Last year our college ministry spent the summer in the Psalms, and our staff directional team took turns writing devotionals for each Psalm that we covered. While I am traveling and working on some long term projects this summer, I thought I’d share some of the devotionals I wrote. This one is on the second half of Psalm 44, which you can read here.
As I watch the news – violence near and far, division of all types, anger, hate fear – I do sometimes feel like we are in God-forsaken times. And when I see that violence, division, anger, hate and fear in people who claim the name of Jesus, I just don’t know what to say. WHY does God stand by and let this happen?
Join me in asking Psalm 44 to be our tutor. I am looking here for what we can learn about what to do as a community when it feels like oppression is running rampant.
#1 Remember our God, who He is and what He has done. Psalm 44 starts with a reminder of the history of God’s faithfulness, all He has done “in the days of old…”
Our God has demonstrated His goodness irrevocably on the cross of Jesus Christ. He is just and merciful and kind.
And He has told us over centuries in His Word that He is working for redemption and justice and “making all the sad things come untrue”, as the Jesus Storybook Bible puts it.
God loves the poor, He is on the side of the oppressed, always. Our Bible is the story not of global superpowers, but of oppressed people whose God is on their side.
We dare not be fooled into thinking He hasn’t noticed our present reality, or that we care more about the violence, anger and hate we see than He does.
He sees. He knows. He cares.
We need to remember our God.
Personally, I never remember on accident. If I’m remembering, it’s because something has reminded me, or I’ve set aside dedicated time to remember. This is one small part of the great value of meeting together with God’s people on a regular basis – to remind each other of God’s faithfulness, that He is on the side of the oppressed, that the battle belongs to HIM.
#2 Remember who we are, and whose we are. We see this over and over in Psalm 44.
…We have not dealt falsely with your covenant, our heart has not turned back, and our steps have not deviated from your way…
The Hebrew writer of Psalm 44 and the Hebrews using Psalm 44 as part of their worship and prayer practice knew they were a covenant people. They were married to God, He was their God, they were His people.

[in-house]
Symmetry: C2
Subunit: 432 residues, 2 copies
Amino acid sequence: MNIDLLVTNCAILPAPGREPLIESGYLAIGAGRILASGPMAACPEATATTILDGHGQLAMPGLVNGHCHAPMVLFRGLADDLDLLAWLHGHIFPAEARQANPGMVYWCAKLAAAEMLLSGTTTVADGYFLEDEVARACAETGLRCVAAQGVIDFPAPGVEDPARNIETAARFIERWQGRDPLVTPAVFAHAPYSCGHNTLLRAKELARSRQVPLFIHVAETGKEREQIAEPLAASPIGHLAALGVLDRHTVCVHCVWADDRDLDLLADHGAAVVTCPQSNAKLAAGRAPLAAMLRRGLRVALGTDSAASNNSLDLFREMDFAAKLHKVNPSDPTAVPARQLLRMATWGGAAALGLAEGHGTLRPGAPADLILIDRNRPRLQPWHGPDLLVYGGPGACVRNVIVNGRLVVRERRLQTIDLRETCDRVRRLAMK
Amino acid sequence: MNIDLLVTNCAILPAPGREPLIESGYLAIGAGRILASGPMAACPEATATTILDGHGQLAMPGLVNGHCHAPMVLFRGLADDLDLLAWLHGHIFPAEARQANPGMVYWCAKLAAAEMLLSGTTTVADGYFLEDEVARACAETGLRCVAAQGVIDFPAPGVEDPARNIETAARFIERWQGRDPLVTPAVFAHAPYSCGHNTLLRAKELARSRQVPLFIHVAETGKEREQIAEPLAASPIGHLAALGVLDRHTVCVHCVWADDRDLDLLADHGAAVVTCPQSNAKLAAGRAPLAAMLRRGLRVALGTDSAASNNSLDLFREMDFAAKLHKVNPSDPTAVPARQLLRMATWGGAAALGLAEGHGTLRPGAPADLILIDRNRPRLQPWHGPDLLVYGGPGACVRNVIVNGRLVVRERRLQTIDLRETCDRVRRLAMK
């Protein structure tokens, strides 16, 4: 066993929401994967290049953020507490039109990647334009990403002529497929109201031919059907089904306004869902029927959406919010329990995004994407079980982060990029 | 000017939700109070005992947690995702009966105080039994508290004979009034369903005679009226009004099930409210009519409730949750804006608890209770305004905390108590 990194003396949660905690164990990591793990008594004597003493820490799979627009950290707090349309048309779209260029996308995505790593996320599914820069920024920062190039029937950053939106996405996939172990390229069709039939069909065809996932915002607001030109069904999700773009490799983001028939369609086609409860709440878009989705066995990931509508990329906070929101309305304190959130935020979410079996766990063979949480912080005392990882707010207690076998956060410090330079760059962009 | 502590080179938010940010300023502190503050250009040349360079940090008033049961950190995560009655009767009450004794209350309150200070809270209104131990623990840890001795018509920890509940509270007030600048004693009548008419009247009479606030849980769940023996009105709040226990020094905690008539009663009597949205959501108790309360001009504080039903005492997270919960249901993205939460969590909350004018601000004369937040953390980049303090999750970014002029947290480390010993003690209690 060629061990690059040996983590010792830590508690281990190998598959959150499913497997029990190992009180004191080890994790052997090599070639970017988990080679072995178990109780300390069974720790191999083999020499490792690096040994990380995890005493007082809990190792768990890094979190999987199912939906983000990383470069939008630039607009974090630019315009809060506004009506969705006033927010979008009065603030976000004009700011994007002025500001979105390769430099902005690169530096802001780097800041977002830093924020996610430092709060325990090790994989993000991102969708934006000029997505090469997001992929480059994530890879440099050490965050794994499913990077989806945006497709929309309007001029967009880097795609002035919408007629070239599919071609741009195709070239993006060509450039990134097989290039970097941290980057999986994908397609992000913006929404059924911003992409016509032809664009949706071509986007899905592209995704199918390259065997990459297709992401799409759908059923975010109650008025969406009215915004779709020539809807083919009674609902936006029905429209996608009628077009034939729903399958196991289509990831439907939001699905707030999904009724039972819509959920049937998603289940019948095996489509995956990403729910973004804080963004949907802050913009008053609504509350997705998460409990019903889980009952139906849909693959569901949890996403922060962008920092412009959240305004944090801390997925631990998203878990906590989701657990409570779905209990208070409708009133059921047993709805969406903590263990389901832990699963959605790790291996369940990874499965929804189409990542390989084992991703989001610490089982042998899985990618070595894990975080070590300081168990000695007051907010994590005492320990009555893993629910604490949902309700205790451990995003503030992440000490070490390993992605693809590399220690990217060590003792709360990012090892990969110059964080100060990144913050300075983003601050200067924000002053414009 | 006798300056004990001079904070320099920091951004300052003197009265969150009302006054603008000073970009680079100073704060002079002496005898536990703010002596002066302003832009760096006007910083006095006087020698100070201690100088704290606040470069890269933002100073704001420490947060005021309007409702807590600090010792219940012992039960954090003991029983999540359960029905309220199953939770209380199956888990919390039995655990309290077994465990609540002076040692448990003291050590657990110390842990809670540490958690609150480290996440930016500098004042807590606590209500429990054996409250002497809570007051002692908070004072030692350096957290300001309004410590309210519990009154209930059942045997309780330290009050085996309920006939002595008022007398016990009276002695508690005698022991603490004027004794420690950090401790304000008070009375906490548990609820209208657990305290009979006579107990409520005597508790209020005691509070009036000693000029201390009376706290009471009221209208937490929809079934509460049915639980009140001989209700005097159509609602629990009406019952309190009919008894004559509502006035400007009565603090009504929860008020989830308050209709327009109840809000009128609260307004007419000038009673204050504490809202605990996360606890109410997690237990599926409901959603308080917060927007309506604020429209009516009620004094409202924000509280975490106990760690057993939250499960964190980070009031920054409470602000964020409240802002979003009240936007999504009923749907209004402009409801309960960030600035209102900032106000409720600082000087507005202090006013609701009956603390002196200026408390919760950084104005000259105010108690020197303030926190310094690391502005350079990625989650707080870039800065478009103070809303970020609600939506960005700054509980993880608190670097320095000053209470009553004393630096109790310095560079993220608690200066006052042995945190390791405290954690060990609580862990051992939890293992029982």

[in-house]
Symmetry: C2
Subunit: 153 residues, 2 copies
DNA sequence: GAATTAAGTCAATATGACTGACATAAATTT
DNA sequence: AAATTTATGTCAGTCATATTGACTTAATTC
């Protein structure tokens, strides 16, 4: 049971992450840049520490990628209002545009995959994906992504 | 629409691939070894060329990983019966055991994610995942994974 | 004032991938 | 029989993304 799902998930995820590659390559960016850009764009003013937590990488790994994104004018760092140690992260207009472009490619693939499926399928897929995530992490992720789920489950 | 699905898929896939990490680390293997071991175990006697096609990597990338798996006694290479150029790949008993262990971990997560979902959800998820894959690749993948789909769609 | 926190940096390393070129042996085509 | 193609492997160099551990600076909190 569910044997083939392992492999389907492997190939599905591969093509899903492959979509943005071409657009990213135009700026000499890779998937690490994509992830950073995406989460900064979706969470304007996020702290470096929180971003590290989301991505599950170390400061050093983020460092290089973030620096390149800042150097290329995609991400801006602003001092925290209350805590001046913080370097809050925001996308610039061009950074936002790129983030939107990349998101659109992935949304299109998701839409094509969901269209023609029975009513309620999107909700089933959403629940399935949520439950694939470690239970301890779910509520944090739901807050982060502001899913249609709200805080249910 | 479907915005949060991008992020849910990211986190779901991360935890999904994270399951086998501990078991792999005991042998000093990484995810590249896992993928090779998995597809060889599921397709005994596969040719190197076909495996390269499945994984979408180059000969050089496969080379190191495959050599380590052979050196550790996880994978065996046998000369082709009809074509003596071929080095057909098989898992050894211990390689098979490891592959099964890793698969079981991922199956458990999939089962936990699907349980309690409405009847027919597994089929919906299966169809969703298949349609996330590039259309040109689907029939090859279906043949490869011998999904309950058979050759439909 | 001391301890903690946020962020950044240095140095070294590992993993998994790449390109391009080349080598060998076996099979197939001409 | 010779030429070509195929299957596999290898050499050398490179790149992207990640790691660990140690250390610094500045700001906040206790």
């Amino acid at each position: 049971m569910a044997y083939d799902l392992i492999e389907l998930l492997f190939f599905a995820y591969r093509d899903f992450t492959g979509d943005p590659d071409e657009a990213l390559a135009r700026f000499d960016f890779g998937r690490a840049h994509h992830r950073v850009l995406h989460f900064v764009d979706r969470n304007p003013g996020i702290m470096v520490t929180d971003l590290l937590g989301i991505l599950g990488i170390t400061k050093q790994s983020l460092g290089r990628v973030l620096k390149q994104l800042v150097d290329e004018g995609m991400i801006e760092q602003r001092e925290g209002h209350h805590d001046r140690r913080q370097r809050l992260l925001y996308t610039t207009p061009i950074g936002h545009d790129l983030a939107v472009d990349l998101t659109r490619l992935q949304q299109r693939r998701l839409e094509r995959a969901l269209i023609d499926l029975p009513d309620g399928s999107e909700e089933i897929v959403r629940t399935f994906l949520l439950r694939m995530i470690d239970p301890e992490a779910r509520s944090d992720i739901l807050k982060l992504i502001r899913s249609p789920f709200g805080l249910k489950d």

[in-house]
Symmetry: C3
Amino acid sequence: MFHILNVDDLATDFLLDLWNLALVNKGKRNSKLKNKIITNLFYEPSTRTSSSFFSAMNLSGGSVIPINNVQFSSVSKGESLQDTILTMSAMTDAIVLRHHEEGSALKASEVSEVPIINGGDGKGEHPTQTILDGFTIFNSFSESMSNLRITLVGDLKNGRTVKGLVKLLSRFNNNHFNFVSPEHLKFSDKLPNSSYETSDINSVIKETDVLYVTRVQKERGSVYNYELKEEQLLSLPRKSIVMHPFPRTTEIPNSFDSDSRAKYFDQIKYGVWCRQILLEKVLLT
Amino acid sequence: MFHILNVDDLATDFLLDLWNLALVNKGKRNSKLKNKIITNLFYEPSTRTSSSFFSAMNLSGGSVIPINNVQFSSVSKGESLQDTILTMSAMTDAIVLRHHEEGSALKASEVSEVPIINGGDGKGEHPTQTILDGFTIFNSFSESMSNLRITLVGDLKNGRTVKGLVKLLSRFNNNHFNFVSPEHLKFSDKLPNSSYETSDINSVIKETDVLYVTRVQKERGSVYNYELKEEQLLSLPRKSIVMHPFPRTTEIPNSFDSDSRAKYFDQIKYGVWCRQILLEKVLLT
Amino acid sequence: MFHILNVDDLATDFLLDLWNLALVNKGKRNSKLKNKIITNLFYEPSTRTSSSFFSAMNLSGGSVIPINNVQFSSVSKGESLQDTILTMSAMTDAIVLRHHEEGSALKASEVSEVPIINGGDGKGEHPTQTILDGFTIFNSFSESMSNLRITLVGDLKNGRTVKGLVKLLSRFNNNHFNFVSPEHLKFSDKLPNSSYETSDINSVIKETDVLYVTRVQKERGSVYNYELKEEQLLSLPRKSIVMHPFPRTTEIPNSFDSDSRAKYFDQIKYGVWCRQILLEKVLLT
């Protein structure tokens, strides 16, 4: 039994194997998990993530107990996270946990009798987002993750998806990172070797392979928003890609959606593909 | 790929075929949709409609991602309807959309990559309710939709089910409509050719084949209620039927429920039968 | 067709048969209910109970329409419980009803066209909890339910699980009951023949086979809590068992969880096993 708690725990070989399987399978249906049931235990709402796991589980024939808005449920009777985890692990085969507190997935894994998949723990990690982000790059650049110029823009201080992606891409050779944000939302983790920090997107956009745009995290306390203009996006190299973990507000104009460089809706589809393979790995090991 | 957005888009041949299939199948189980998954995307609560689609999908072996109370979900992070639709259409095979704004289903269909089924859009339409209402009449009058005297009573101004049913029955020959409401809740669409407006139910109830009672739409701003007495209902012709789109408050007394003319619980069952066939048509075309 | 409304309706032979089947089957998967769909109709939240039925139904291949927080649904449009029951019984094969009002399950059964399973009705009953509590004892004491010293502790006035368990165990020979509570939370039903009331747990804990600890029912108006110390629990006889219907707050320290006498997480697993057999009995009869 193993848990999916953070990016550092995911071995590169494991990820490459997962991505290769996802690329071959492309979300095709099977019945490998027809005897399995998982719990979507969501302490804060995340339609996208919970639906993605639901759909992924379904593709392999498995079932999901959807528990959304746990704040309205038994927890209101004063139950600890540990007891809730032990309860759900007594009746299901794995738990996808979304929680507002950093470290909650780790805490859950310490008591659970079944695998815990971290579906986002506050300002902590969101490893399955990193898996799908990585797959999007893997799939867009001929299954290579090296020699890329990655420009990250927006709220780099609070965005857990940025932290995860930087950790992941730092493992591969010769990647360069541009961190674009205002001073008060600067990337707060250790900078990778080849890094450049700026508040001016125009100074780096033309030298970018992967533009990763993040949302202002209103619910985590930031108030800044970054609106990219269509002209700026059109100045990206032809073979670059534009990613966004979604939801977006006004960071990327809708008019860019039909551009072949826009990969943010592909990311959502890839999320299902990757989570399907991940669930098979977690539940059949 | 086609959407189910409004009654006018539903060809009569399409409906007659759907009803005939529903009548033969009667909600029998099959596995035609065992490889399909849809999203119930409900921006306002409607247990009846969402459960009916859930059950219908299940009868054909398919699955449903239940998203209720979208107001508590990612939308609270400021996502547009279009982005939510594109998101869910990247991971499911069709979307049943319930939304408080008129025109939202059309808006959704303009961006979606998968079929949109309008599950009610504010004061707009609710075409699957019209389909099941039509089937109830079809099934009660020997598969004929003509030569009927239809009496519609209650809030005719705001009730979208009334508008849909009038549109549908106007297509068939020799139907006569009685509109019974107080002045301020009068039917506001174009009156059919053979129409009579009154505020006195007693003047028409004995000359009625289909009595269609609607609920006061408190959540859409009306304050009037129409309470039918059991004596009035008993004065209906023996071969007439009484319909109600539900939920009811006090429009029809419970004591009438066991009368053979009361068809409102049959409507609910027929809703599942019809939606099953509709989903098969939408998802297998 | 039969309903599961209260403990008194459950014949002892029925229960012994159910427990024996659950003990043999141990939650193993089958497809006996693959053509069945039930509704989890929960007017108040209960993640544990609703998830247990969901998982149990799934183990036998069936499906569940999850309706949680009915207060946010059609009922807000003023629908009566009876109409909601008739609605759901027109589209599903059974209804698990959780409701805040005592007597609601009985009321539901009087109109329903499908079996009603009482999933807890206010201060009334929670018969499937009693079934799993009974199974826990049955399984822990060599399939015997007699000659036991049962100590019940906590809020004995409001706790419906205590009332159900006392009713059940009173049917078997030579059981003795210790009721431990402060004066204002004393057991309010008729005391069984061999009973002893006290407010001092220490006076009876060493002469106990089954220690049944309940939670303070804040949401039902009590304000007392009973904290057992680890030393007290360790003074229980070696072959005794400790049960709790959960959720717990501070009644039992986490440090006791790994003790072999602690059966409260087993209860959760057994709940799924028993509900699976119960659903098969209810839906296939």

And today, whatever happens in the news, now or 6 months from now, we can live as God’s people. As each news cycle erupts, we can ask “what would it look like to respond to this as a people loved by God and sent to share God’s love?” We can hang on tightly and refuse to turn back or leave His ways. What does it look like to refuse to leave His ways? It looks like compassion, no matter what. Grace and love for the undeserving. Forgiveness. Choosing peace and connection and service. No matter what.
#3 Cultivate Honesty. For the sake of our own sanity and for the watching world, we have to stop pretending like believing God fixes everything and creates a shiny world of non-stop rainbows and unicorns. Can we start listening to hurting people rather than running away from pain? Can we open our eyes, move out of our self-centered worlds focused on our own comfort, and grieve honestly over the state of the world? In addition to honesty about our own circumstances as we saw earlier in Psalm 44, can we join with a hurting world and cry out with the Psalmist
Arouse Yourself, why do you sleep, O Lord? Awake, do not reject us forever. Why do you hide your face from affliction and our oppression? For our soul has sunk down into the dust; our body cleaves to the earth.
#4 Ask for something different. Here is the point of this Psalm. Beyond remembering, beyond honesty and lament, there is the request for God’s intervention. Holding tight to His promises, waiting for His answer.
Waiting for how long?
No one can answer that. But in the mean time, we remember who God is and who we are, we are honest about the brokenness in our world. And – knowing that the violence and division and anger and fear we see is not what was meant to be – we ask for something different.
Rise up! Be our help! Redeem us for the sake of Your lovingkindness!
Amen. Come, Lord Jesus.
If you’re interested in reading any of the other Psalms devotionals from last summer (I was very impressed with my coworkers’ writing skills, I really enjoyed every one of these!), you can look around over here.